Never give up: A reason for living

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“I remember riding home on a summer’s eve in the back of an ancient Ford pickup truck, with two 8-year-old cousins for company and my uncle Roscoe at the wheel.
“We’d been swimming and we were sitting on the inner tubes for comfort, and had a couple of old quilts and an elderly dog wrapped close for warmth.
“We were eating chocolate cookies and drinking sweet milk out of a Mason jar, and singing our lungs out with unending verses of
Ninety-Nine Bottles of Beer on the Wall.
“With stars and moon and God overhead, and sweet dreams at the end of the journey home.”
— Robert Fulghum, All I Really Need to Know I Learned in Kindergarten

One of my early memories of riding in a pick-up truck was my great-grandpa Charlie’s Studebaker, which he treated with great care. When he came upon the only stop light between his home and ours, he turned the ignition off to give her a rest. The rounded front of that Studebaker truck, the perfectly clean, shiny red body, the gleaming fenders … I have managed to hold it all in my memory.

Helper

I once asked if I could ride in the back if I sat perfectly still, and he told me he would rather I sit up front and help him drive so we would be sure to get where we were going. I was probably about 6 years old, of no real use to anyone in the driving or direction department, but Grandpa Charlie made me feel he simply could not get along without me.

I sat up a little straighter, my head held high. I could not have put it in to words then, of course, but my sweet, old great-grandfather may have been the first person to show me exactly what it felt like to know one is loved beyond measure.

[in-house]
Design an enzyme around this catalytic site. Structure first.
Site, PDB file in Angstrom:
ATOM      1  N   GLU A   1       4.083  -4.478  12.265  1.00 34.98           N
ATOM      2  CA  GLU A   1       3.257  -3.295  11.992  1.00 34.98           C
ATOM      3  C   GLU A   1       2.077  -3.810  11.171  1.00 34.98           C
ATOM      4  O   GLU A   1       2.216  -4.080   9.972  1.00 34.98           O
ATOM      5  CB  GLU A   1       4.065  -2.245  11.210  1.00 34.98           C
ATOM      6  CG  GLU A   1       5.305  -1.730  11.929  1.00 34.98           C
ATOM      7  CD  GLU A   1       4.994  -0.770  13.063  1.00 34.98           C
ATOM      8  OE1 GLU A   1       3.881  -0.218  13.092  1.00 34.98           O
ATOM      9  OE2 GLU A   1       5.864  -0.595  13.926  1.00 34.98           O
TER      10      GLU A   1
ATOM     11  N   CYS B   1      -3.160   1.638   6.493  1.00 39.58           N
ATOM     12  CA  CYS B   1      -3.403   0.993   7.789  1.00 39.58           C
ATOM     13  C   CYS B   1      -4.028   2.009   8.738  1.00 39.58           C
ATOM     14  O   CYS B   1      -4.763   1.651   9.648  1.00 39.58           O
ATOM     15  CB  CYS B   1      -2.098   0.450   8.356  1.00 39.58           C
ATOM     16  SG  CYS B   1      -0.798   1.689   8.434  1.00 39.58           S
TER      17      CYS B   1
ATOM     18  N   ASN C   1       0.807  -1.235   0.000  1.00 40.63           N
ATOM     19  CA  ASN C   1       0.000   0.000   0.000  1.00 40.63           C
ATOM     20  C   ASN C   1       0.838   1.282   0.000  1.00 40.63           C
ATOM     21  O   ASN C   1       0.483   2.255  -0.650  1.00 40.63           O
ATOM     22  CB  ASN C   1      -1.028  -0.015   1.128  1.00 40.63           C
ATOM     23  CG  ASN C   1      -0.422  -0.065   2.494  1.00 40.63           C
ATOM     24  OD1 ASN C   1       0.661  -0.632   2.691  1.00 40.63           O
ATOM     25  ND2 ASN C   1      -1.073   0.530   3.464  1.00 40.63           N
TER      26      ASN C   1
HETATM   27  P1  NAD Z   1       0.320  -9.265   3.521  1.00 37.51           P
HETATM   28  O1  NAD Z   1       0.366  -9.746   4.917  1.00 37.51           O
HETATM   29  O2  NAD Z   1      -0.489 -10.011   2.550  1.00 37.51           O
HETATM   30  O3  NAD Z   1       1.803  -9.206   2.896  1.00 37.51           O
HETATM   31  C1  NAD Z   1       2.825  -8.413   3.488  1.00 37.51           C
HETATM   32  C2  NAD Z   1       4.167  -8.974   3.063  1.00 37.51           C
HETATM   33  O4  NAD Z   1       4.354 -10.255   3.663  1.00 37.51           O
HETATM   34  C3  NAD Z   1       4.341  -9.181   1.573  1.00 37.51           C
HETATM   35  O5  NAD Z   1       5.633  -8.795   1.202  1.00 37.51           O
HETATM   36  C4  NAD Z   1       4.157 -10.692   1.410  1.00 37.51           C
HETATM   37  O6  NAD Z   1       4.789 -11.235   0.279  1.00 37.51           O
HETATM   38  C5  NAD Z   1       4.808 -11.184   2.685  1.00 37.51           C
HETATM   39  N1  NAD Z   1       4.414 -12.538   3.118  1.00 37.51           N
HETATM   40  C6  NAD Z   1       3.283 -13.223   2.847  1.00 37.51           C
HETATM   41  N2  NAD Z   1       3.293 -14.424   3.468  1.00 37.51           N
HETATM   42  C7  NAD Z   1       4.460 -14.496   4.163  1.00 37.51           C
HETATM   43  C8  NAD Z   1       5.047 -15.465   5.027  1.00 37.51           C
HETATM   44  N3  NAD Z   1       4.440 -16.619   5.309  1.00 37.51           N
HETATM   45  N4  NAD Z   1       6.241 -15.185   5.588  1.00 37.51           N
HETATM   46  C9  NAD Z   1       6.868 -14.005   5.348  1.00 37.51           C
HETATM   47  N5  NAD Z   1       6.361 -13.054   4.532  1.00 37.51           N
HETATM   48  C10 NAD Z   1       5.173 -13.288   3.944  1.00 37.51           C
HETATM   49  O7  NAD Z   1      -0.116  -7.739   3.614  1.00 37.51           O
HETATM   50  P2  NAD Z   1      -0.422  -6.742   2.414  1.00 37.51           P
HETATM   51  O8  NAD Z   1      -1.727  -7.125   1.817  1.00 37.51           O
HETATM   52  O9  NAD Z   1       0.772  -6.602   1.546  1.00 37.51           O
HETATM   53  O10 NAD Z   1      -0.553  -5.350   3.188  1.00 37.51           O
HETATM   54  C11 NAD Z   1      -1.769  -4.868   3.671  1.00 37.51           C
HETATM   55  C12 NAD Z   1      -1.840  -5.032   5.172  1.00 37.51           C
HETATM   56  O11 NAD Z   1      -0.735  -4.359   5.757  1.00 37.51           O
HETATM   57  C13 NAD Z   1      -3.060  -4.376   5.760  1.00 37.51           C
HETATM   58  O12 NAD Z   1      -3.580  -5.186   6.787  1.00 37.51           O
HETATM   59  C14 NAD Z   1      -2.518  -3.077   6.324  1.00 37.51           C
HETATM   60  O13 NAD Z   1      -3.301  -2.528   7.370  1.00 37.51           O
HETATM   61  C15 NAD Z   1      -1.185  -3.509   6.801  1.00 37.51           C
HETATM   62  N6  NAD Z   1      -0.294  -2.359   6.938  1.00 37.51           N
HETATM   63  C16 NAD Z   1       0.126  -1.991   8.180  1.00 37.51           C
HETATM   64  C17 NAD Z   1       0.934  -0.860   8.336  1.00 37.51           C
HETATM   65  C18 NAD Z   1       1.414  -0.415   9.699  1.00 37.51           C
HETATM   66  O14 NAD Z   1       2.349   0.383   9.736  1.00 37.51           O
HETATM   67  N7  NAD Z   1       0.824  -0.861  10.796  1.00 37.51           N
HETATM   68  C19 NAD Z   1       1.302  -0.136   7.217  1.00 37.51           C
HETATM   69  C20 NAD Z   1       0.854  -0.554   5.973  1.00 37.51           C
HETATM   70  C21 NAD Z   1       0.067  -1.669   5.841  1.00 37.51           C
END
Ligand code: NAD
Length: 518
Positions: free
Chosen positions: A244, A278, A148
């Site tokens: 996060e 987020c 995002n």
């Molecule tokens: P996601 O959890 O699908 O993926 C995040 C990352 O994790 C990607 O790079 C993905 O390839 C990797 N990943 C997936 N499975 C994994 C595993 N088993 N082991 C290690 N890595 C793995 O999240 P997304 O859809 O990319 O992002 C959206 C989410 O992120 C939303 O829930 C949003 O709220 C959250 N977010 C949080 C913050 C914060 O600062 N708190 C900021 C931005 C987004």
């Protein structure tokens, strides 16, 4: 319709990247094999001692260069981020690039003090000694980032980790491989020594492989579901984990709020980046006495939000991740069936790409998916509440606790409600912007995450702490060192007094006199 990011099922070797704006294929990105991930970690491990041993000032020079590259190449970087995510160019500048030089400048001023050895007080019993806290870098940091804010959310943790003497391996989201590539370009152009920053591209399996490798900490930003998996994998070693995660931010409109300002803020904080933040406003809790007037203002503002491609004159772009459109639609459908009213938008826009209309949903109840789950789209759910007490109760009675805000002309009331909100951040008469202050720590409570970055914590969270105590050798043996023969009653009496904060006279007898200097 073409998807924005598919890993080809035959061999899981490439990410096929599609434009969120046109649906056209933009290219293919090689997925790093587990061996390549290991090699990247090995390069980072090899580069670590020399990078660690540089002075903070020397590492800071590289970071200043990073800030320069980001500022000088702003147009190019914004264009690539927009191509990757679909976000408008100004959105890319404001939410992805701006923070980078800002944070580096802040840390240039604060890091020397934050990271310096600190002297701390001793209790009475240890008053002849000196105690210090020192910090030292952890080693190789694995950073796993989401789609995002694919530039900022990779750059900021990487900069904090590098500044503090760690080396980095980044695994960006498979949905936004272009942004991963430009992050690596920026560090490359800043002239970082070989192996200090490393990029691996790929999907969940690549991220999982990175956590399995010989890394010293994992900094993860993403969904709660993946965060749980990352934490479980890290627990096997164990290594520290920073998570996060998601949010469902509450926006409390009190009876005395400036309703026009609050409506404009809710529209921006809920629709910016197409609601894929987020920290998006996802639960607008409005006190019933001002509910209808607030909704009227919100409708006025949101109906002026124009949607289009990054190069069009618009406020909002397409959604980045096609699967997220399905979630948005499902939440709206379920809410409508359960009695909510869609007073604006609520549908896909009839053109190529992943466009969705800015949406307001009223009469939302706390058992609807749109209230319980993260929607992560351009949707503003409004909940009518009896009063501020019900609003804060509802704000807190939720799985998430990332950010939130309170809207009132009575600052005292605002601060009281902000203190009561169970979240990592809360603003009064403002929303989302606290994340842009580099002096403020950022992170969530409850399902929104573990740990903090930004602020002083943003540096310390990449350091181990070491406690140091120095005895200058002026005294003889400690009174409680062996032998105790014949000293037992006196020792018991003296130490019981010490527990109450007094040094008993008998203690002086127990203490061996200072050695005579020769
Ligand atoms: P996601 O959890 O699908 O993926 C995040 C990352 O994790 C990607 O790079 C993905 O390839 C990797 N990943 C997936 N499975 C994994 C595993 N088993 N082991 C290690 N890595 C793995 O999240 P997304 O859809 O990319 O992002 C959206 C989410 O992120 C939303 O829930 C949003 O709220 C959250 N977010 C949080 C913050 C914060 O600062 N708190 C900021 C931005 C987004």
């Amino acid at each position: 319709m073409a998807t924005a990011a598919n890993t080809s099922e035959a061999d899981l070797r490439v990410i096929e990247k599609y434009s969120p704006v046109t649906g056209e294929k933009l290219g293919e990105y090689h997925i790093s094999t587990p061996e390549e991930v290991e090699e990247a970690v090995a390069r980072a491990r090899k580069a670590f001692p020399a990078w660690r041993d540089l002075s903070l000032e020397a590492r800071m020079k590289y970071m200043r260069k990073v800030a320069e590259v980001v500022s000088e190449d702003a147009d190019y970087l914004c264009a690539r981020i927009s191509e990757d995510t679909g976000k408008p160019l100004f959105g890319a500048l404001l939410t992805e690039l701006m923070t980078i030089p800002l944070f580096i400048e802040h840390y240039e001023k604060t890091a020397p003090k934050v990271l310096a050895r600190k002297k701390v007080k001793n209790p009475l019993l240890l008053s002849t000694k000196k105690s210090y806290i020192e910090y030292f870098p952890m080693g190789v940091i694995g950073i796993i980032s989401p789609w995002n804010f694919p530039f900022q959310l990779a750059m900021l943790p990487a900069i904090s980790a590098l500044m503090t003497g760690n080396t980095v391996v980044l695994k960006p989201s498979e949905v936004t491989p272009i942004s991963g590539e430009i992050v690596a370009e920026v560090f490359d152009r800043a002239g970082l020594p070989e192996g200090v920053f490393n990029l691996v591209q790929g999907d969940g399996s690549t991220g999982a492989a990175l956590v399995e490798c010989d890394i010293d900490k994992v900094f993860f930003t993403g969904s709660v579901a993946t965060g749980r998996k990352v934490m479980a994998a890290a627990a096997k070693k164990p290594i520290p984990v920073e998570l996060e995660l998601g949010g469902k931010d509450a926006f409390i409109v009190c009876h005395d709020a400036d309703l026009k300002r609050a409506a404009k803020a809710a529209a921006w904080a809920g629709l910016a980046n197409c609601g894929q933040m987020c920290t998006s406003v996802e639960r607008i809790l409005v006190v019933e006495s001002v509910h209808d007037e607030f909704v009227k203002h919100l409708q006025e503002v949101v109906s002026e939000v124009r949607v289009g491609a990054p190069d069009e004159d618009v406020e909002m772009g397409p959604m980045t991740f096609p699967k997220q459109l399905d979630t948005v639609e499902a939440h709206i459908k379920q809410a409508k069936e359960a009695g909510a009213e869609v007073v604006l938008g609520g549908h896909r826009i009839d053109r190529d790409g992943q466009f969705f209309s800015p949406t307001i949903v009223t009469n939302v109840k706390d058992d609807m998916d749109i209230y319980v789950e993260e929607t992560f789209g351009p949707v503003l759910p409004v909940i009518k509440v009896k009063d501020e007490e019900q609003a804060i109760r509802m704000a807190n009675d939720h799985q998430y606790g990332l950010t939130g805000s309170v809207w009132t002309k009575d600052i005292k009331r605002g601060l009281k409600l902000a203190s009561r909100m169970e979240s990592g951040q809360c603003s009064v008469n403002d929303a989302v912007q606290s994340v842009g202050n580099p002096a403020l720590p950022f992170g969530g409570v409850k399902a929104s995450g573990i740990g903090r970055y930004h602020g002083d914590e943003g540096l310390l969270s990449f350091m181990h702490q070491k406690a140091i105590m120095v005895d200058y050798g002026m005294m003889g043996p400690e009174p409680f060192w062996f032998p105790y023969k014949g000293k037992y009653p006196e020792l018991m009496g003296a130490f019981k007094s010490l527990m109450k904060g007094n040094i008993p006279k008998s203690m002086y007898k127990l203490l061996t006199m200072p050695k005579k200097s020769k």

In 1958, his wife Anna Chloe had died. Opposites in every way, cheery Charlie’s wife has often been described as having a challenging demeanor. My father grew up knowing his maternal grandfather was going to get yelled at all through lunch. After she had her say, he would politely thank her for the delicious lunch, get up and head back out to do his farming.

After her death, my parents would pick Charlie up and bring him to their home nearly every day for his meals, as they worried about his deep sorrow.

Sale

He would have been well in to his 70s by this time, and decided to have a farm sale. Many of his friends had died, and with his wife’s passing, he battled to find the will to go on. The following spring, I was born. Grandpa Charlie was charmed. Many family members have told me my arrival saved his life.

Charlie had shouldered a lifetime of sorrow, beginning with the death of his only sister and his father while still a child. He was put on a train immediately after his father’s funeral in Pennsylvania to go find a farm in Ohio that could keep the young family afloat, then helped move his mother and young siblings there. He was 12 years old.

Later, he would nearly collapse with the death of his dear daughter, my dad’s mother, when she was 35. In a cruel twist of fate, Charlie watched his grandson forced to become a man while still a child just as he had been.

Joy

But the years that I came to know him, Charlie was pure joy. He had the most beautiful blue eyes, snow white hair, and the spirit of a jolly jokester. He loved candy and cake and pie, though he remained thin and fit by working right alongside my dad. I realize now how young my father was, consumed with building a dairy farm and a family. Grandpa Charlie had to have been a help. The benefit ran both ways.

I recall a second time I asked to ride in the back of a pick-up truck, eager to see what it was like. After telling me of the danger for someone as light as a feather to ride back there, Grandpa Charlie agreed to climb up in the bed of my father’s old farm truck, holding me tight. My dad had backed the truck up to a grassy bank to make the climb easier for both of us. As my father drove slowly back a farm lane to check on a field, Grandpa Charlie and his sidekick whooped and hollered as if riding a roller coaster.

Many years have come and gone. Sadness and loss come to us all, and dark times in life challenge us to find new, meaningful purpose. Never give up. A new reason to get up every morning just might arrive when it is least expected.

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Judith Sutherland, born and raised on an Ohio family dairy farm, now lives on a 70-acre farm not far from the area where her father’s family settled in the 1850s. Appreciating the tranquility of rural life, Sutherland enjoys sharing a view of her world through writing. Other interests include teaching, reading, training dogs and raising puppies. She and her husband have two children, a son and a daughter, in college.

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